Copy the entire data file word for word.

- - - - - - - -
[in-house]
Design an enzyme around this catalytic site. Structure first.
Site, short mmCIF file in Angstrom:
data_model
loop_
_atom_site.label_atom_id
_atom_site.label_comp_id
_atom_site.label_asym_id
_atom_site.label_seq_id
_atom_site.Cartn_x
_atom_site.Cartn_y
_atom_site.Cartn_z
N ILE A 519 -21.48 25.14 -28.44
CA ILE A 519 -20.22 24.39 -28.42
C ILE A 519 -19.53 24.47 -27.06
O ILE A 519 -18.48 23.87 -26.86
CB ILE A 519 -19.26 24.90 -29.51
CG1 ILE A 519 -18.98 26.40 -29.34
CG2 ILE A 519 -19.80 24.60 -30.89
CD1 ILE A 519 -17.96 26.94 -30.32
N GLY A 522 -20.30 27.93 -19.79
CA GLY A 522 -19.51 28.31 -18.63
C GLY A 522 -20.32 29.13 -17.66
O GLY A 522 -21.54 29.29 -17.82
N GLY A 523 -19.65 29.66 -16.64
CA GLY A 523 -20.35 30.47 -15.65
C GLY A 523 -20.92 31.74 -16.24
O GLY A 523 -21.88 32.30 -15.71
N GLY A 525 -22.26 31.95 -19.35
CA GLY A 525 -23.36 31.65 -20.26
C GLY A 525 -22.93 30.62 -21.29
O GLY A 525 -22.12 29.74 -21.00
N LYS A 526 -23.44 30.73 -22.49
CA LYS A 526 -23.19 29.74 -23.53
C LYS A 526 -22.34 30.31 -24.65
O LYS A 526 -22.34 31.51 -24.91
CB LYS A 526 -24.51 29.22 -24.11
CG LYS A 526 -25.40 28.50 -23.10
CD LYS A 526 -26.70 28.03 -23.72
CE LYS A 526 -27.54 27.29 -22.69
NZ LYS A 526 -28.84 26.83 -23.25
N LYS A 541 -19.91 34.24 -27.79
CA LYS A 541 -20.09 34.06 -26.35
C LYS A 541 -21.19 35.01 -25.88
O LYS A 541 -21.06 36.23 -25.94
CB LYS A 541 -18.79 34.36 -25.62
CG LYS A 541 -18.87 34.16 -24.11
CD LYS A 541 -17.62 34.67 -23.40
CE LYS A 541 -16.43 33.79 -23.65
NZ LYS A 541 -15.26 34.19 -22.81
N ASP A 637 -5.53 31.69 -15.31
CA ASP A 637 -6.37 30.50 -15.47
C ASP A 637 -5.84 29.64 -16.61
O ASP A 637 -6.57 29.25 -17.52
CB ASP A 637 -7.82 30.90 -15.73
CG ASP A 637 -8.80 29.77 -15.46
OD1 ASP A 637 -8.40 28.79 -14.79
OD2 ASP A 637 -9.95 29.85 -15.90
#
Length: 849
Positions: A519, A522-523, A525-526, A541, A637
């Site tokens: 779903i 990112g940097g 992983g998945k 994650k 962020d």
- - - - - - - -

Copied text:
[in-house]
Design an enzyme around this catalytic site. Structure first.
Site, short mmCIF file in Angstrom:
data_model
loop_
_atom_site.label_atom_id
_atom_site.label_comp_id
_atom_site.label_asym_id
_atom_site.label_seq_id
_atom_site.Cartn_x
_atom_site.Cartn_y
_atom_site.Cartn_z
N ILE A 519 -21.48 25.14 -28.44
CA ILE A 519 -20.22 24.39 -28.42
C ILE A 519 -19.53 24.47 -27.06
O ILE A 519 -18.48 23.87 -26.86
CB ILE A 519 -19.26 24.90 -29.51
CG1 ILE A 519 -18.98 26.40 -29.34
CG2 ILE A 519 -19.80 24.60 -30.89
CD1 ILE A 519 -17.96 26.94 -30.32
N GLY A 522 -20.30 27.93 -19.79
CA GLY A 522 -19.51 28.31 -18.63
C GLY A 522 -20.32 29.13 -17.66
O GLY A 522 -21.54 29.29 -17.82
N GLY A 523 -19.65 29.66 -16.64
CA GLY A 523 -20.35 30.47 -15.65
C GLY A 523 -20.92 31.74 -16.24
O GLY A 523 -21.88 32.30 -15.71
N GLY A 525 -22.26 31.95 -19.35
CA GLY A 525 -23.36 31.65 -20.26
C GLY A 525 -22.93 30.62 -21.29
O GLY A 525 -22.12 29.74 -21.00
N LYS A 526 -23.44 30.73 -22.49
CA LYS A 526 -23.19 29.74 -23.53
C LYS A 526 -22.34 30.31 -24.65
O LYS A 526 -22.34 31.51 -24.91
CB LYS A 526 -24.51 29.22 -24.11
CG LYS A 526 -25.40 28.50 -23.10
CD LYS A 526 -26.70 28.03 -23.72
CE LYS A 526 -27.54 27.29 -22.69
NZ LYS A 526 -28.84 26.83 -23.25
N LYS A 541 -19.91 34.24 -27.79
CA LYS A 541 -20.09 34.06 -26.35
C LYS A 541 -21.19 35.01 -25.88
O LYS A 541 -21.06 36.23 -25.94
CB LYS A 541 -18.79 34.36 -25.62
CG LYS A 541 -18.87 34.16 -24.11
CD LYS A 541 -17.62 34.67 -23.40
CE LYS A 541 -16.43 33.79 -23.65
NZ LYS A 541 -15.26 34.19 -22.81
N ASP A 637 -5.53 31.69 -15.31
CA ASP A 637 -6.37 30.50 -15.47
C ASP A 637 -5.84 29.64 -16.61
O ASP A 637 -6.57 29.25 -17.52
CB ASP A 637 -7.82 30.90 -15.73
CG ASP A 637 -8.80 29.77 -15.46
OD1 ASP A 637 -8.40 28.79 -14.79
OD2 ASP A 637 -9.95 29.85 -15.90
#
Length: 849
Positions: A519, A522-523, A525-526, A541, A637
């Site tokens: 779903i 990112g940097g 992983g998945k 994650k 962020d």